IF IT’S bad luck to leave your Christmas decorations up after Twelfth Night, the people of Holmfirth could be in trouble.

Some of the town’s Christmas lights have still not come down – 100 days on from December 25.

And they look set to be there until NEXT Christmas, because of the cost of removing them.

An Examiner reader from Holmfirth said: “It’s after Easter, do you think someone could get round to taking Holmfirth lights down? It’s a little embarrassing.”

But Caroline Anstey, president of Holme Valley Business Association, which helped pay for the lights, said they would be staying up.

She said: “It’s quite an ordeal taking them down.

“With health and safety being what it is now, we have to be sure people are doing things properly.

“We used to use ladders, but now we have to use cherry picker platform lifts to get them down.

“The decision has been made to keep some of them up.”

She said the same lights would be switched on next Christmas.

Clr Kath Smith, of Holme Valley Parish Council, who organised last year’s lights, said there was not enough money or manpower to support the lights switch-on.

And she launched a scathing attack on people who demanded Christmas lights for the town but refused to help out.

She said: “Everyone wants the lights, but who’s paying for it?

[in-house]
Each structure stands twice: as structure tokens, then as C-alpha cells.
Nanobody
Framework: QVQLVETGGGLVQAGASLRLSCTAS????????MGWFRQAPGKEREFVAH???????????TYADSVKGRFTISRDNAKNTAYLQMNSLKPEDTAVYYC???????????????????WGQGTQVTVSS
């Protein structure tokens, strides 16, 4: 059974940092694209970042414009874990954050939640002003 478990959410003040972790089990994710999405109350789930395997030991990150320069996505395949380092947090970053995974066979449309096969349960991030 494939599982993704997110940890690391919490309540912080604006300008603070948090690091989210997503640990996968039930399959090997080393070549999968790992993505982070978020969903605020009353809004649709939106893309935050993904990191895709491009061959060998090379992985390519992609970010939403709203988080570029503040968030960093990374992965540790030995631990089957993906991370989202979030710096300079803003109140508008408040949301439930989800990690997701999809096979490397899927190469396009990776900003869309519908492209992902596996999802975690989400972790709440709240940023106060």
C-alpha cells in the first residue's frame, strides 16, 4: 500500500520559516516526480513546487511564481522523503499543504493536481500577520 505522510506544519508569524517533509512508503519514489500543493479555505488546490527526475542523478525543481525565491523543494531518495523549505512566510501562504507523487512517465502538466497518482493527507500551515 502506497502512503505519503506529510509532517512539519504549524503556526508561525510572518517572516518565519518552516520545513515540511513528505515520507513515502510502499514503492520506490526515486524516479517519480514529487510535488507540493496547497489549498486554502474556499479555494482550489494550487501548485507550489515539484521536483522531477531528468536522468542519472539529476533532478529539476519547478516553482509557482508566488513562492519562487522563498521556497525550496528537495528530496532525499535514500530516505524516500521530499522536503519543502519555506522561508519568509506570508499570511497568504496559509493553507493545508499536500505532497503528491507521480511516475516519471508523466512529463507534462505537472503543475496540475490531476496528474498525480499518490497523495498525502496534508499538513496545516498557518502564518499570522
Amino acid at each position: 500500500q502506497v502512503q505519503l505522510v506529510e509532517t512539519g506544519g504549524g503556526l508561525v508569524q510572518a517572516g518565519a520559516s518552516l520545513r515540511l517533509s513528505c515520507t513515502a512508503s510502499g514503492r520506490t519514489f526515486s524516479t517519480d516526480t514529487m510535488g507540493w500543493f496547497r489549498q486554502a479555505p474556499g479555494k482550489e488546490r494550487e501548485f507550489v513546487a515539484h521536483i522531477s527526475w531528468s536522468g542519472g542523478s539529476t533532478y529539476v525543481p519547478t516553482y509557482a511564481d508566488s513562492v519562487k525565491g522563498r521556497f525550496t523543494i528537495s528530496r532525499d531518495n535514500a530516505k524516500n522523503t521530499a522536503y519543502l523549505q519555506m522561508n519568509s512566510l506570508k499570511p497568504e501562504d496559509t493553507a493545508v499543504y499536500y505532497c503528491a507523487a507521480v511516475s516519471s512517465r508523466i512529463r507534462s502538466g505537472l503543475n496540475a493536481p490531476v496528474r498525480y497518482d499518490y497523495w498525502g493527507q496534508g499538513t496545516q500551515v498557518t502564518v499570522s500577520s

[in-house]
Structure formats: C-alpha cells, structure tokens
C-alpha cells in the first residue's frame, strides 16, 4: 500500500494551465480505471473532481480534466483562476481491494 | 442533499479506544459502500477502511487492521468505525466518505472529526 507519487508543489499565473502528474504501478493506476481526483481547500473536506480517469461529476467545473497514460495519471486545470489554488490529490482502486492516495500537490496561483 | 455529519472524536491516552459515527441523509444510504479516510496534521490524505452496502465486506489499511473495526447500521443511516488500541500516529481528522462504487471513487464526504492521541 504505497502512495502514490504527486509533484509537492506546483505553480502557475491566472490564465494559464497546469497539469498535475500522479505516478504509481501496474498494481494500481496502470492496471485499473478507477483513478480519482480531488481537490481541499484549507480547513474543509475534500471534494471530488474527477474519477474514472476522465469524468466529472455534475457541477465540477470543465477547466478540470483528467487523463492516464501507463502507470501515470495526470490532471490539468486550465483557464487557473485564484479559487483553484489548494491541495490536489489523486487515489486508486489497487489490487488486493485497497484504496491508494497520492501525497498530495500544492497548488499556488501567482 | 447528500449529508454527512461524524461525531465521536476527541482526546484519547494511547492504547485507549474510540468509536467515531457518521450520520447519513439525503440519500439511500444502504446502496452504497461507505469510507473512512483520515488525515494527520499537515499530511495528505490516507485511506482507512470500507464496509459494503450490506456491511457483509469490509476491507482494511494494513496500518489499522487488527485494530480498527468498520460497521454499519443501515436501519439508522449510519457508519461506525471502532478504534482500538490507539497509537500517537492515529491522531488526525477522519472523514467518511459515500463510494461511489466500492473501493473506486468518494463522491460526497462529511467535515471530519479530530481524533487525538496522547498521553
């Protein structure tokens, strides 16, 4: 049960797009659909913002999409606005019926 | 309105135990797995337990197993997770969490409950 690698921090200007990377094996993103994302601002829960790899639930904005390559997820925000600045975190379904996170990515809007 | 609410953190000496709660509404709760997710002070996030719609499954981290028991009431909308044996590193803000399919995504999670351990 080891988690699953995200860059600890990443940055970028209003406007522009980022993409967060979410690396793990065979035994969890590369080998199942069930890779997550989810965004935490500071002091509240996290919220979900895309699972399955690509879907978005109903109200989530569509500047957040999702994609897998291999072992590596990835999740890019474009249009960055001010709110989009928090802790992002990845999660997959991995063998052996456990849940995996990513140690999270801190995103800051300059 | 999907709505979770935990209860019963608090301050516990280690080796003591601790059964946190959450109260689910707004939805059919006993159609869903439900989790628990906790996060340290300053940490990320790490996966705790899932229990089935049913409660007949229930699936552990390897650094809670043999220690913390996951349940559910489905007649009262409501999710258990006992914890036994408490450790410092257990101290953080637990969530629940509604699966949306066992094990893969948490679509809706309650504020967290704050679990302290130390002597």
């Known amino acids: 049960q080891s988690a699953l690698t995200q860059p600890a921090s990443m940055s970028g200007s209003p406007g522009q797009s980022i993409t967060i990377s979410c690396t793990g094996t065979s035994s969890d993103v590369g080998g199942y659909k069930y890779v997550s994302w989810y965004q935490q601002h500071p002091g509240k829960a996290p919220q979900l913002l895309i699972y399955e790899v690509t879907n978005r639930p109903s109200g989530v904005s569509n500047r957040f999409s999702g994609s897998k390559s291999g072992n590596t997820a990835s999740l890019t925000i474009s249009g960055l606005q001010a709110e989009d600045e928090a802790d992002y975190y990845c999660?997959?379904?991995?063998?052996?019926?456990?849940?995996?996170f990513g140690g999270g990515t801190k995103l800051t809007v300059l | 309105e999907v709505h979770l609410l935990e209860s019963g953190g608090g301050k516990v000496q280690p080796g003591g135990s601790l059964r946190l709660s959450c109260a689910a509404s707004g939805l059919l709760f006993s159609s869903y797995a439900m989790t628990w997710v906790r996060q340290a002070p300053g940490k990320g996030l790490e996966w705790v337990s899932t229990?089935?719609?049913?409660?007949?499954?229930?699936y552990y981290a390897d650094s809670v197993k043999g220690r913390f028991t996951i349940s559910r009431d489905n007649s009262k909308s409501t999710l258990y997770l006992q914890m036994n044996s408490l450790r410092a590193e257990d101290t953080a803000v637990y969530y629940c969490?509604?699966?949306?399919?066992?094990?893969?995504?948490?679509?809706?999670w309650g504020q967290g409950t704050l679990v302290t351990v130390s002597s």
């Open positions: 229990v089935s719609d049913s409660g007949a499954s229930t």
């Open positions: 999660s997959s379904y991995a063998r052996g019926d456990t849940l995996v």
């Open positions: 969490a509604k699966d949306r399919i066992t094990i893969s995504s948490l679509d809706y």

“Every year it takes £8,000 to £10,000 to put the lights up and take them down.

“It used to be a lot less because health and safety wasn’t such a big issue.

“I personally put in £6,000 last year.

“We go round and ask businesses to contribute to the Christmas lights and there are people who will put their hand in their pockets there and then and give you £100.

“But last year one person gave me a £2 coin, which is just insulting.

“It was left to two of us to put them up and take them down on our own.

“On the day of the switch-on, everyone else came out of the woodwork to get involved.

“We said afterwards we were not prepared to go running around doing it again.

“Unless someone comes out and says they will be a part of it, there won’t be a switch-on.”

She said taking the lights down was an overnight job that took several hours.

“Unless someone out there is willing to put in the time and money instead of complaining, it’s not going to happen again,” she added.